Cancer Researcher Receives Record Grant

Funds Used to Explore Causes and Control of Nausea

February 02, 2001

A University of Rochester Medical Center scientist was awarded $1.7 million to study the causes and control of nausea. The five-year grant, from the American Cancer Society, is the single largest individual research grant ever given by the not-for-profit national organization.

The funding sponsors one of the first projects in the country that combines the investigation of physiological and psychological factors that lead to nausea. Traditionally, research in this area has focused on one avenue or the other.

Nausea is consistently rated as the most distressing side effect of cancer treatment. For two decades, Gary Morrow, Ph.D., professor of Radiation Oncology and Psychiatry, at the Rochester, N.Y., Medical Center, has been investigating better ways to manage nausea, vomiting and other side effects. The ACS, National Cancer Institute and the U.S. Army Breast Cancer program have supported previous research.

"We're trying to help good people through challenging times," Morrow said. "Managing side effects is critical so that patients and their families can maintain a quality of life. If the side effects are well managed, the patient is more likely to finish a treatment at the proper dosage within a proper time frame. This can optimize the chance for a cure or long-term control of a patient's cancer."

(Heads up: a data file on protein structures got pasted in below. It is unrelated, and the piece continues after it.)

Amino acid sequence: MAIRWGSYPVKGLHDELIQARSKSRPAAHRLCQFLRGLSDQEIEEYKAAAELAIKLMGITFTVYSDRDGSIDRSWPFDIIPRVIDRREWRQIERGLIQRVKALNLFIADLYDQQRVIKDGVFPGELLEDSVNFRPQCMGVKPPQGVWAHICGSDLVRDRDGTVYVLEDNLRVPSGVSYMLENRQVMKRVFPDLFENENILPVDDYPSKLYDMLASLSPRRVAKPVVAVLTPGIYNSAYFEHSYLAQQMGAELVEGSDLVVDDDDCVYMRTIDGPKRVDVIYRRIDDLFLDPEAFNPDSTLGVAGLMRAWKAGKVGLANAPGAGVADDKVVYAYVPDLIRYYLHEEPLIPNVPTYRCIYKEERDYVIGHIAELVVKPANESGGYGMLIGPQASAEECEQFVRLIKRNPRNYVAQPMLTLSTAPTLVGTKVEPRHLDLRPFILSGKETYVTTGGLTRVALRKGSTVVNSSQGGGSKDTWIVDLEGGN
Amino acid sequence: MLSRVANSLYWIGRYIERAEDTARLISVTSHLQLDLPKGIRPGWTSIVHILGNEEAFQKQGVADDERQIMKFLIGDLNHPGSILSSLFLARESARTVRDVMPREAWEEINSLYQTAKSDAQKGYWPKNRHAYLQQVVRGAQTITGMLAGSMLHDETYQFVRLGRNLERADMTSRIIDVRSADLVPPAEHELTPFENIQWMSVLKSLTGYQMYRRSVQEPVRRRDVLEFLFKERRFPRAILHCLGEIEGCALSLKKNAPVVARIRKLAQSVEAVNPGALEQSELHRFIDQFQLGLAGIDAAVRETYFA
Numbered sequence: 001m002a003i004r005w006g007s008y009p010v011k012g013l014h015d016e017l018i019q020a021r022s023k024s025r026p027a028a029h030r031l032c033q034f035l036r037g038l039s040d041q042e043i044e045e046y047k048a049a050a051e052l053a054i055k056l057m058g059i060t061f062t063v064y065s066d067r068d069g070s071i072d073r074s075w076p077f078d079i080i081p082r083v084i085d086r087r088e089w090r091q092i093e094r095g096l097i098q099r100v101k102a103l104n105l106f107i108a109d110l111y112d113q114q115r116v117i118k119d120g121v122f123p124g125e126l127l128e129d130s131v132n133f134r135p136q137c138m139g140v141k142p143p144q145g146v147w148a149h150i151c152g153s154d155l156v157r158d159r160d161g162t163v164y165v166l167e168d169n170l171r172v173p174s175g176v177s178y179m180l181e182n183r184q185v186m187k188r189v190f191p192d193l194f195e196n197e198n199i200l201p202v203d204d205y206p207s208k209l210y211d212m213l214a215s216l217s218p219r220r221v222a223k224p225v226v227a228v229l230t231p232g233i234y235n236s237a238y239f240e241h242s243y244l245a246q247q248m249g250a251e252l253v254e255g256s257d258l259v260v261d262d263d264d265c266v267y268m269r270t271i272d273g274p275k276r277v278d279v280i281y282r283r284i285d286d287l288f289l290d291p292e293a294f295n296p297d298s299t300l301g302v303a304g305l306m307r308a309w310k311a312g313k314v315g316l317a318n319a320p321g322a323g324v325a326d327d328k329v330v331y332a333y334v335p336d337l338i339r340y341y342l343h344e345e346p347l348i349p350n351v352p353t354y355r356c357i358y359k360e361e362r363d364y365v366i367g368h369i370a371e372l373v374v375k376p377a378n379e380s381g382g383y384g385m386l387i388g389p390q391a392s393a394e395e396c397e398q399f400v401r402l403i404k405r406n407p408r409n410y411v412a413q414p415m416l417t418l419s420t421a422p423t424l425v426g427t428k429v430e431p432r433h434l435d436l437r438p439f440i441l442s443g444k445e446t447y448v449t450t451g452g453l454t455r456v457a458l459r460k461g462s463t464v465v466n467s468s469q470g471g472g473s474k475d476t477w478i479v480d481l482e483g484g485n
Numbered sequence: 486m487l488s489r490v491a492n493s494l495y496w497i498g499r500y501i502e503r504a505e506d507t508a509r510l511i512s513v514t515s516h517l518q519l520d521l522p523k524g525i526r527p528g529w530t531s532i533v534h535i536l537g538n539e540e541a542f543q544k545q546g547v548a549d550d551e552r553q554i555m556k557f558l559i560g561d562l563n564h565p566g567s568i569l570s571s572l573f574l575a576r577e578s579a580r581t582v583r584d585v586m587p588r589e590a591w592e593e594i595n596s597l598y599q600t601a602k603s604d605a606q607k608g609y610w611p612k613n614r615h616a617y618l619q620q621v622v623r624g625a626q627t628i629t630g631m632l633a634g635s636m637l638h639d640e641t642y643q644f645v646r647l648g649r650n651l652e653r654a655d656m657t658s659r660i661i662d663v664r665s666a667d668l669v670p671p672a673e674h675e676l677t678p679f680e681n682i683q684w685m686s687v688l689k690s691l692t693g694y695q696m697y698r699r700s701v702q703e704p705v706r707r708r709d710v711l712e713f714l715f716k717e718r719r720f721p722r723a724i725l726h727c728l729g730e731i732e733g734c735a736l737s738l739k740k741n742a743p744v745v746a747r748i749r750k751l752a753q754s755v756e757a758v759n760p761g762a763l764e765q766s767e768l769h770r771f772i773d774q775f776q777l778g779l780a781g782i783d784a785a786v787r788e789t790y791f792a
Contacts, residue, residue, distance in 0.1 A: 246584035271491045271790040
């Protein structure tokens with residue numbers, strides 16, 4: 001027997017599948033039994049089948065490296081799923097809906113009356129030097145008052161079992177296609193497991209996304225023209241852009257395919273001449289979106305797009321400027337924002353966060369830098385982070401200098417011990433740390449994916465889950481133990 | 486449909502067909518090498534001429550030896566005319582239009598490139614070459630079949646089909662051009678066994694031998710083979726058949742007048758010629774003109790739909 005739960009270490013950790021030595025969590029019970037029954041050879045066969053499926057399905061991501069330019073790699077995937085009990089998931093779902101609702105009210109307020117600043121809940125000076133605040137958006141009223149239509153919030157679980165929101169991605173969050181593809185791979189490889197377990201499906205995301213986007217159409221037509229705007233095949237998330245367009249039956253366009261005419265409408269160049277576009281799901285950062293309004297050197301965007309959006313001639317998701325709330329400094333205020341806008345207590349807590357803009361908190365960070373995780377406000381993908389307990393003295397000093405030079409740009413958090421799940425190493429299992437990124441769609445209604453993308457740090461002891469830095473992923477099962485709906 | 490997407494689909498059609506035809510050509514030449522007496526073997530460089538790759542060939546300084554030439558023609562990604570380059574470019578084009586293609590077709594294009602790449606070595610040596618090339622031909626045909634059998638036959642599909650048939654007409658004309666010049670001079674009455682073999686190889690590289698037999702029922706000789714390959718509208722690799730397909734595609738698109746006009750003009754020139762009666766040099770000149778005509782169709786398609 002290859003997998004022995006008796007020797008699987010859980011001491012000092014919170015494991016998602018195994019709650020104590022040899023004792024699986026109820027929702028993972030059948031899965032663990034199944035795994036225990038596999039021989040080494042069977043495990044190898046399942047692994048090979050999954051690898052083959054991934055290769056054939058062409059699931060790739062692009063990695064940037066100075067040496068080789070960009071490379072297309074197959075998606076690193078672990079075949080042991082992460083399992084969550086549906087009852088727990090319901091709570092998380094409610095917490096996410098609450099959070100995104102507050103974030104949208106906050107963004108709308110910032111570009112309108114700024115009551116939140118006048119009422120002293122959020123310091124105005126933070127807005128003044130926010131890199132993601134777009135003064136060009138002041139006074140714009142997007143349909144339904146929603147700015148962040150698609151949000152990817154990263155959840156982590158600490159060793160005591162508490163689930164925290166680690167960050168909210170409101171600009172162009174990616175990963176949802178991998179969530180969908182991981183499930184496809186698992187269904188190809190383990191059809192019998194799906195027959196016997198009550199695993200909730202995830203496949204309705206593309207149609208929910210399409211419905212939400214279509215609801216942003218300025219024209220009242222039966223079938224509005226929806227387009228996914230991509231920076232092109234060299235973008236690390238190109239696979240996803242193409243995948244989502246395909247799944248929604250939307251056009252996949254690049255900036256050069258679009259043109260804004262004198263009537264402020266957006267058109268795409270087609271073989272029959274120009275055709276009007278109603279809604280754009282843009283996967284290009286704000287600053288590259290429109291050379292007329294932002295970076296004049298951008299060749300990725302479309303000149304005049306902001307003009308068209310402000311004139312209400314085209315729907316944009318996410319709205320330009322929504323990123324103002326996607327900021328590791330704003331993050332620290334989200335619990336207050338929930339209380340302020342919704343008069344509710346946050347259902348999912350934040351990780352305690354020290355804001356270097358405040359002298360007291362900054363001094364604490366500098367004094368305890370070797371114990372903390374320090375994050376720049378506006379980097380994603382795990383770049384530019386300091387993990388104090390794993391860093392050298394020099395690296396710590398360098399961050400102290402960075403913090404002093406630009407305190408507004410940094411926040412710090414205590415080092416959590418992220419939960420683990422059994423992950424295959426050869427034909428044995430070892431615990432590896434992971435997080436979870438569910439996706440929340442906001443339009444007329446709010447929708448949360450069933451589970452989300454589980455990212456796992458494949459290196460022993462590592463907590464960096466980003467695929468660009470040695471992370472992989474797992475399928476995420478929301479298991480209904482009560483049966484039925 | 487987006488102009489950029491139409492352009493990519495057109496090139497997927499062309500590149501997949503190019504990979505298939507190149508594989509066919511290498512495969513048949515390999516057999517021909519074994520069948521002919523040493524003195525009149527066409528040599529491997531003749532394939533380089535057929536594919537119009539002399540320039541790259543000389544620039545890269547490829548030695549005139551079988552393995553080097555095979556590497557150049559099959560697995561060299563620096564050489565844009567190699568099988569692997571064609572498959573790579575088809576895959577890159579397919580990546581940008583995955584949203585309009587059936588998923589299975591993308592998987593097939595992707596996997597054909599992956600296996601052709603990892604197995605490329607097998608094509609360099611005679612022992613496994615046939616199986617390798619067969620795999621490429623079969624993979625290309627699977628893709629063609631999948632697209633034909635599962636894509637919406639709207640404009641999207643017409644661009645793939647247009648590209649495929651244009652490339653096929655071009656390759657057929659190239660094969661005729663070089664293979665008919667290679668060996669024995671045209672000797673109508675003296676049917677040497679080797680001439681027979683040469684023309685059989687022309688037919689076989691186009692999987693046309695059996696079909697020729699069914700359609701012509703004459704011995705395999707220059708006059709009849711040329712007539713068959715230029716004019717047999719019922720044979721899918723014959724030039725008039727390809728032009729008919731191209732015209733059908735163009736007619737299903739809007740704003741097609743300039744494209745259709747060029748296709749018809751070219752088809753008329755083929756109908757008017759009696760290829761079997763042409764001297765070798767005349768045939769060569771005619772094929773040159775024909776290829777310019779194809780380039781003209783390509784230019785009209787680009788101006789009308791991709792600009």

Early this summer, Morrow will begin monitoring the nervous systems of patients while they are receiving chemotherapy and afterward. He will also study the various biochemical markers that may contribute to nausea.

Scientists have recently developed new drugs that better control vomiting, but they are not as effective in reducing nausea. This is one important reason to learn more about nausea and to explore other treatments in addition to medication.

Nausea is a very complex research topic, said Morrow, who serves as associate director for cancer control at the URMC's James P. Wilmot Cancer Center. "It's a uniquely human condition. Some people have no trouble while others have trouble from the moment they begin treatment."

The American Cancer Society spends about $100 million each year on research and patient support. Within the Eastern Division, which includes New York and New Jersey, 117 grants were distributed in 2000, totaling $35.2 million.

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Leslie White
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